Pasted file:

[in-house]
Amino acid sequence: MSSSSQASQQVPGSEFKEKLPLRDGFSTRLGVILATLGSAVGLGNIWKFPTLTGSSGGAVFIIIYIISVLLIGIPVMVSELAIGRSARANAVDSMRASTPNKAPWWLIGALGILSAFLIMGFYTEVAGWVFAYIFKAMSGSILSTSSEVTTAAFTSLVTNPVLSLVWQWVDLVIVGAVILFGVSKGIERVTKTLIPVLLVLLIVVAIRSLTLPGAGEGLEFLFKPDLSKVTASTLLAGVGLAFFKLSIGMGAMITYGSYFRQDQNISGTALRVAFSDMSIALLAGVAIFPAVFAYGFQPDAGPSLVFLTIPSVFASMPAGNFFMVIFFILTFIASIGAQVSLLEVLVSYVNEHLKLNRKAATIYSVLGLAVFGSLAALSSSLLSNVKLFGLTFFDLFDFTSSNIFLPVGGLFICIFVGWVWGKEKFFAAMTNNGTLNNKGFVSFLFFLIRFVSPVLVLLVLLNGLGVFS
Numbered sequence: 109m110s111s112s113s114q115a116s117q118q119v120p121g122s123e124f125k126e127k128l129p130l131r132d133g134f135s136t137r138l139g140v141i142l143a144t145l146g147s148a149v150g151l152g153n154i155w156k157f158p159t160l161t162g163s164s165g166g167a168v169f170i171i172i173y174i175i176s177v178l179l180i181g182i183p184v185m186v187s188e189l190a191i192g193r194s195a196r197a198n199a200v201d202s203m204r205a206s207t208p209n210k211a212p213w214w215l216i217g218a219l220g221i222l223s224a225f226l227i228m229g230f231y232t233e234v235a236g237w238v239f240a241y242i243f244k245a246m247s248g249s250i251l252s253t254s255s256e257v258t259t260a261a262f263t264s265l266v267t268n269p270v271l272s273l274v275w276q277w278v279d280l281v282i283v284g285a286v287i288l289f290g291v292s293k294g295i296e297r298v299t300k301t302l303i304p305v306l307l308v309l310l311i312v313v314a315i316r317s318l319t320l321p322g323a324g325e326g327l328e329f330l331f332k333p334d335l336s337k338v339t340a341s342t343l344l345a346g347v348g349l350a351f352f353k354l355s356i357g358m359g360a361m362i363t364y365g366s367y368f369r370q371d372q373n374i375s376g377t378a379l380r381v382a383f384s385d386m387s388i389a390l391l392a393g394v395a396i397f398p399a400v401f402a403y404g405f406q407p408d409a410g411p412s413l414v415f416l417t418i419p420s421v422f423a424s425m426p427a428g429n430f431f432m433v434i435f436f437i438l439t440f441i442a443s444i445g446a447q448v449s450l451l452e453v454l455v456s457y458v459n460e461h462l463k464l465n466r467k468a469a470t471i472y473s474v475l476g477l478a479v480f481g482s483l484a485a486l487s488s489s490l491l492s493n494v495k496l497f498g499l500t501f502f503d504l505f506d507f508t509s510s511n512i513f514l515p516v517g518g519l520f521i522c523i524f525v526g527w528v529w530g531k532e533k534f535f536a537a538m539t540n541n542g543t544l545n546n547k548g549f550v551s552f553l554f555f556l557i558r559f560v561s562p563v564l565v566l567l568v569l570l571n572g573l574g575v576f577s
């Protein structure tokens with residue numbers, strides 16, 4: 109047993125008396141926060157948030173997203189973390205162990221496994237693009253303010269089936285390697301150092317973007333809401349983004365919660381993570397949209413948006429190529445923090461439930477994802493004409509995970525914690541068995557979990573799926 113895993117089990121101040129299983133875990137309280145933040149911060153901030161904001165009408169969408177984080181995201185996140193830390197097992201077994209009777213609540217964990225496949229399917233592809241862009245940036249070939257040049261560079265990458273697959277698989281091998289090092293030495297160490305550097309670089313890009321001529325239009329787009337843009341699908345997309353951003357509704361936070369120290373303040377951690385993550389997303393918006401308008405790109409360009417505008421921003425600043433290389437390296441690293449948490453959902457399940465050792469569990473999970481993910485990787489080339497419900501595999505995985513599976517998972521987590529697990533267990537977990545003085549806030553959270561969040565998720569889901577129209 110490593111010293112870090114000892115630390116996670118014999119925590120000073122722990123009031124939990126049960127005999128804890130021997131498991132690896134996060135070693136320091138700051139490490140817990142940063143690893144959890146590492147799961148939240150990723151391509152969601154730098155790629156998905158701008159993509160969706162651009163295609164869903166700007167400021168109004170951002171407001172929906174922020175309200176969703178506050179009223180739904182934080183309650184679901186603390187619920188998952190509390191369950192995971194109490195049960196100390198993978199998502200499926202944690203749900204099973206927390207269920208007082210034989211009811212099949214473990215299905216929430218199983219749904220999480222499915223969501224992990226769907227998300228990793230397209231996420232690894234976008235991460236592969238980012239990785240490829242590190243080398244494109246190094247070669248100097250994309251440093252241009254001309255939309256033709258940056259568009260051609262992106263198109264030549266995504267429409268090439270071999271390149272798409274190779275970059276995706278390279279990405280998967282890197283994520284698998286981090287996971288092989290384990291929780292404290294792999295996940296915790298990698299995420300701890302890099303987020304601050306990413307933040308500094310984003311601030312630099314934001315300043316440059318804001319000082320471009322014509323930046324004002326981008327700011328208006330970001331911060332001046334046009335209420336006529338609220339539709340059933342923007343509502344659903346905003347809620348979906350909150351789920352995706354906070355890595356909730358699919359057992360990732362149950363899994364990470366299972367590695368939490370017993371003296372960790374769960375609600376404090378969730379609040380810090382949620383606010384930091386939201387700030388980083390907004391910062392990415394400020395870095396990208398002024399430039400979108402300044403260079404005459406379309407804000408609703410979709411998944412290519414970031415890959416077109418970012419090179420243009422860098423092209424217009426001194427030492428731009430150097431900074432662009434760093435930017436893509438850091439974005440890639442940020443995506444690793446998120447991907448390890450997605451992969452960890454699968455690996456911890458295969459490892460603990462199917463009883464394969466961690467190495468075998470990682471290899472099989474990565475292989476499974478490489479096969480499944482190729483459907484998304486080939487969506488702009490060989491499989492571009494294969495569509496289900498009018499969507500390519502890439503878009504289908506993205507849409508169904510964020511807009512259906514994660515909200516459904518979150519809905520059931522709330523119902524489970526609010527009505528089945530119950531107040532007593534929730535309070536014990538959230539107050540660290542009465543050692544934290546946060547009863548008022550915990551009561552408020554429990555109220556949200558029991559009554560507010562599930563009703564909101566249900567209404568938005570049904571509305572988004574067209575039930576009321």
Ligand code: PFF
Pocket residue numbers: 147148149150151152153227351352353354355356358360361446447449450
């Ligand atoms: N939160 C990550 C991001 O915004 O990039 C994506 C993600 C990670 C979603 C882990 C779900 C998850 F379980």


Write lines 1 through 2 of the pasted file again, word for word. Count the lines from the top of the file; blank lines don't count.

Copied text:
[in-house]
Amino acid sequence: MSSSSQASQQVPGSEFKEKLPLRDGFSTRLGVILATLGSAVGLGNIWKFPTLTGSSGGAVFIIIYIISVLLIGIPVMVSELAIGRSARANAVDSMRASTPNKAPWWLIGALGILSAFLIMGFYTEVAGWVFAYIFKAMSGSILSTSSEVTTAAFTSLVTNPVLSLVWQWVDLVIVGAVILFGVSKGIERVTKTLIPVLLVLLIVVAIRSLTLPGAGEGLEFLFKPDLSKVTASTLLAGVGLAFFKLSIGMGAMITYGSYFRQDQNISGTALRVAFSDMSIALLAGVAIFPAVFAYGFQPDAGPSLVFLTIPSVFASMPAGNFFMVIFFILTFIASIGAQVSLLEVLVSYVNEHLKLNRKAATIYSVLGLAVFGSLAALSSSLLSNVKLFGLTFFDLFDFTSSNIFLPVGGLFICIFVGWVWGKEKFFAAMTNNGTLNNKGFVSFLFFLIRFVSPVLVLLVLLNGLGVFS